Death by Pillow-Fight: Ridiculous French Royal Deaths

When it comes to French royals dying, Marie Antoinette always grabs the headlines. Madame la Guillotine has that effect. But if you look a bit further back in French history, there are royal deaths that make having your head chopped off look positively bourgeois in its uncomplicated straightforwardness.

Take Charles VIII, for example. While in residence at the Chateau of Amboise, he went with his queen to watch some courtiers playing tennis in the moat. (The moat would have been dry at the time, one presumes. Water polo is one thing; water tennis quite another.) They decided to watch from the Hacquelbac Gallery, described by a chronicler of the time, Philippe de Commynes, as “the most unseemly place within the house, since everybody used to piss there”.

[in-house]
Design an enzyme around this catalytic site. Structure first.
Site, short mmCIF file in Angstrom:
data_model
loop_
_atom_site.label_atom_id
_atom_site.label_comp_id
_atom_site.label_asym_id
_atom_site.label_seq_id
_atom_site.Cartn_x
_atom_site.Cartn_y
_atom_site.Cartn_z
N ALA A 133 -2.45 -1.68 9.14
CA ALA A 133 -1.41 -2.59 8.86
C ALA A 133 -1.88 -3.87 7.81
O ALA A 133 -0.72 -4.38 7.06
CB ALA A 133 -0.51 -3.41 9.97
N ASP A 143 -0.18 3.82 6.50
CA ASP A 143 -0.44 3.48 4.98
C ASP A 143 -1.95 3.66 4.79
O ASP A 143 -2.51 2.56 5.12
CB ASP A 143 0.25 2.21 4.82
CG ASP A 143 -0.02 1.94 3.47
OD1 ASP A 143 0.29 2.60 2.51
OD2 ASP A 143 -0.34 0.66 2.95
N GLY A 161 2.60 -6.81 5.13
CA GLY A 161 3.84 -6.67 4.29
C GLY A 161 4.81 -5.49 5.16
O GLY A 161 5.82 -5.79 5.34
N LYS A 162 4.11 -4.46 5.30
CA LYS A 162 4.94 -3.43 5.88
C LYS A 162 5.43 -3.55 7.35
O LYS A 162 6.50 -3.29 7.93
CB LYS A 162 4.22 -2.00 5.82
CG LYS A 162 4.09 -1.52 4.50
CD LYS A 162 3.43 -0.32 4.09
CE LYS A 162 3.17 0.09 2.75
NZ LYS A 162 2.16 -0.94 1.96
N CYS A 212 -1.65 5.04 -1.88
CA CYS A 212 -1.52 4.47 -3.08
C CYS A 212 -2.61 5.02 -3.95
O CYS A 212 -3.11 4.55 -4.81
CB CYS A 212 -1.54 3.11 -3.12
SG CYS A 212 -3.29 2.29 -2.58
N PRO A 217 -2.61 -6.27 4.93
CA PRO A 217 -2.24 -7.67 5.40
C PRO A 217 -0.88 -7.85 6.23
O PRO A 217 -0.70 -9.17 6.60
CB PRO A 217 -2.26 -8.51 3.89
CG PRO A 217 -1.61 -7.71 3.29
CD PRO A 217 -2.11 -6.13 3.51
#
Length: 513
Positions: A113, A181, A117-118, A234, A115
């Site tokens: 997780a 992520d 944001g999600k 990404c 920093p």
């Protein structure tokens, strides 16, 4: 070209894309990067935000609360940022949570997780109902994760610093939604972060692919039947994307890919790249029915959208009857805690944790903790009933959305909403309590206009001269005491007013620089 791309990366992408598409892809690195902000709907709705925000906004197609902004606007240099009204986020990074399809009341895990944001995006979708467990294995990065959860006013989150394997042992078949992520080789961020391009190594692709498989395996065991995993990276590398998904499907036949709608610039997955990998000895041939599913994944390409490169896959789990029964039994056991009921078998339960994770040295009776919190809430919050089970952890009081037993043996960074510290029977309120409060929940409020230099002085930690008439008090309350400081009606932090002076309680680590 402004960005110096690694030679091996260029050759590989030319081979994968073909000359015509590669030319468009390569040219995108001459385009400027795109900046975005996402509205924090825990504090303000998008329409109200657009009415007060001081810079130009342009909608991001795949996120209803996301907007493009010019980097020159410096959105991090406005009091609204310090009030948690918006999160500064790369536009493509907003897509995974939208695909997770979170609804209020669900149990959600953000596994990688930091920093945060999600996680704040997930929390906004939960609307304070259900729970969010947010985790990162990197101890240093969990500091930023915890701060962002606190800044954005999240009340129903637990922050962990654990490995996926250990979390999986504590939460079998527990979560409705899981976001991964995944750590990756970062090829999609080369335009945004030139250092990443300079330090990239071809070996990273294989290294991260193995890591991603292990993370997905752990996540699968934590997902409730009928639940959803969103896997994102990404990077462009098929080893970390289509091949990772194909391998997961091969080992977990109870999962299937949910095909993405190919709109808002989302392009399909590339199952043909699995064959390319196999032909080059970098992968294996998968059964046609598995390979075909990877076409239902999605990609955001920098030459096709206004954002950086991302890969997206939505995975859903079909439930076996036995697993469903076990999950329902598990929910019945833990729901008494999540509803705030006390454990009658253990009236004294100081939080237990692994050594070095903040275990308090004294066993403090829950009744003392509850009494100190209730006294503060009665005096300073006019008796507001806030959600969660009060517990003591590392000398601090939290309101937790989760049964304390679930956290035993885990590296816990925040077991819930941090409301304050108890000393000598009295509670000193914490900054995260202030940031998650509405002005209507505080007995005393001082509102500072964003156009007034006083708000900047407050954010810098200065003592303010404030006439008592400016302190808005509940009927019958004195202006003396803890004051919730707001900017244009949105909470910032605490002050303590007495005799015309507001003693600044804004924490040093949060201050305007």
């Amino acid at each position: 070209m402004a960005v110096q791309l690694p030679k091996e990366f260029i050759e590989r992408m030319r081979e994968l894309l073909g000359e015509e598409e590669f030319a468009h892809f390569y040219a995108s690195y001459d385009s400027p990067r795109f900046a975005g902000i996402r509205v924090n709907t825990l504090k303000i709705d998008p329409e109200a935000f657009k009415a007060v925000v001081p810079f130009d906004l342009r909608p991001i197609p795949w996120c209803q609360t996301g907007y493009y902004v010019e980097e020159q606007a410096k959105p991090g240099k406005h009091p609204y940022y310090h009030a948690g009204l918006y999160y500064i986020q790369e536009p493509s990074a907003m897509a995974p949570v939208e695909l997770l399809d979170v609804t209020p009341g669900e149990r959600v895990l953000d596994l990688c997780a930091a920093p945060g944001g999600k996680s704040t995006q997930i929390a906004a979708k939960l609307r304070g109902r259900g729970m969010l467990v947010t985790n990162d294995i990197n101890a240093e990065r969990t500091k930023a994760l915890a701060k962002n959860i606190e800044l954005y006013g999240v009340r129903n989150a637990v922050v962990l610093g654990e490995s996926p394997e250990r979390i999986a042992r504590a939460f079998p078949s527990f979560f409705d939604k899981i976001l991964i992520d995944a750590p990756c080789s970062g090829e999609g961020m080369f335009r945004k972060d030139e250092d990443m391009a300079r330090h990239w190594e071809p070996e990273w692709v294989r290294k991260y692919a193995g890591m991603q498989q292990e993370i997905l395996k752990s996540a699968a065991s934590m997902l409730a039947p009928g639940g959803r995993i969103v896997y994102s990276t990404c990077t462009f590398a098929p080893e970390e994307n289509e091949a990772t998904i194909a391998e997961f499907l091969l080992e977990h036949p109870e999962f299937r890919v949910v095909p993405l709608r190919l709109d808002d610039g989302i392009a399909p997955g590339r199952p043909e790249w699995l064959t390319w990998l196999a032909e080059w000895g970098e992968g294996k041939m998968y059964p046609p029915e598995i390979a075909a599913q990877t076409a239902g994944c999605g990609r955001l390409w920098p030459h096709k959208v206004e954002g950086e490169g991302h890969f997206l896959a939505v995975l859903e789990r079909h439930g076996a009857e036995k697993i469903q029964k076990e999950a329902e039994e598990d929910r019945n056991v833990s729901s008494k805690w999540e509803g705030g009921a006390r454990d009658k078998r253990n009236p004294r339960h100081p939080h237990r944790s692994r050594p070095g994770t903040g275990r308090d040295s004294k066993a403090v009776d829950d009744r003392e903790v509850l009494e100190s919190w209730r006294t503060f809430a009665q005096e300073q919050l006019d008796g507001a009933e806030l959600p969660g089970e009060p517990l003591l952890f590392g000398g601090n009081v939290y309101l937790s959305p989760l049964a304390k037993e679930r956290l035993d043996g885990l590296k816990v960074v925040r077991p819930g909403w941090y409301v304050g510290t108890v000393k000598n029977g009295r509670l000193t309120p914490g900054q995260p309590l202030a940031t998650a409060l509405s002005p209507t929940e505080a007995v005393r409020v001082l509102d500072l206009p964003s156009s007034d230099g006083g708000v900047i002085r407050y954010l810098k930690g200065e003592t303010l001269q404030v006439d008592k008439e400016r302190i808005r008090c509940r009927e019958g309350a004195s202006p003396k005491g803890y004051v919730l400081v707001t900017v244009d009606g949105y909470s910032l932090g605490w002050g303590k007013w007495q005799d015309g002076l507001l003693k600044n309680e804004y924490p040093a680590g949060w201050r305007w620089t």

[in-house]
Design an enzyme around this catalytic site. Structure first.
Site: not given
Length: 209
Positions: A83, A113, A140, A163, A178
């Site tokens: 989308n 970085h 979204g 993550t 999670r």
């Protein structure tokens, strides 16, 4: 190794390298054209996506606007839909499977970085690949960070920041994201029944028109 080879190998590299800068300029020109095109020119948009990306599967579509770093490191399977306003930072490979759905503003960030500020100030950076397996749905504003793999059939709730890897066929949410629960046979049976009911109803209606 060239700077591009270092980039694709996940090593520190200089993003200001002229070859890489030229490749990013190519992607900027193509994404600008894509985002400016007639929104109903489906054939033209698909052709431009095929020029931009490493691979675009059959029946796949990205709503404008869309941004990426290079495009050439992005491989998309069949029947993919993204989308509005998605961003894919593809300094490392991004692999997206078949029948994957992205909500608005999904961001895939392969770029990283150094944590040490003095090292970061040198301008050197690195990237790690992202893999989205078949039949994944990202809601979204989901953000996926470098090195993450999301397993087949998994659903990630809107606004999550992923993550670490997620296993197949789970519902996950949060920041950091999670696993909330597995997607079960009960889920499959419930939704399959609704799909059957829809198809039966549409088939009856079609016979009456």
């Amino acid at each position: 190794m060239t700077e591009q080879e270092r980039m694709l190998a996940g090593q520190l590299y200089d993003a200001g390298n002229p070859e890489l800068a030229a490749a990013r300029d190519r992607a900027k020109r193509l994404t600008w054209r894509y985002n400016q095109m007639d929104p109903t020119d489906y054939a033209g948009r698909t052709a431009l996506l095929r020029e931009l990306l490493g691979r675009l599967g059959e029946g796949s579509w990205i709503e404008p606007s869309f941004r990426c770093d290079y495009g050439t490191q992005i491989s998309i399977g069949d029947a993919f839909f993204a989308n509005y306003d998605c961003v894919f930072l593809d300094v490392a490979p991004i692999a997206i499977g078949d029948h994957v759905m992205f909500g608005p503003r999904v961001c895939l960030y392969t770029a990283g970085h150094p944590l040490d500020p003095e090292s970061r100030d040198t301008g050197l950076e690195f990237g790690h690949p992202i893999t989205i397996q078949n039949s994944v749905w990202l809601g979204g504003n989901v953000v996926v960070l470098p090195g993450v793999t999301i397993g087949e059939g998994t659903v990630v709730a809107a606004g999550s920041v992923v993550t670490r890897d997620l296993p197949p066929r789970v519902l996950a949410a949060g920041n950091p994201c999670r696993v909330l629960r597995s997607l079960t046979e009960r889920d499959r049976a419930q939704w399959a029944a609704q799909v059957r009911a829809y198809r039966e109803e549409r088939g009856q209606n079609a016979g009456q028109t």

medieval woodcut of men playing an early form of tennis without rackets, while others watch
The chaps on the far left are betting on the game. The players are wishing someone would hurry up and invent tennis racquets. The chap in the middle has just realized that everybody does indeed piss in the gallery.

Despite being, according to the same chronicler, “very short”, Charles managed to bang his forehead against the door frame. Then, after watching the game and chatting for some time, he collapsed, and died nine hours later “on a shabby pallet,” still in the aforementioned gallery where everybody used to piss. (One can only hope they found somewhere else for this function in the meantime. Refilling the moat, perhaps.)

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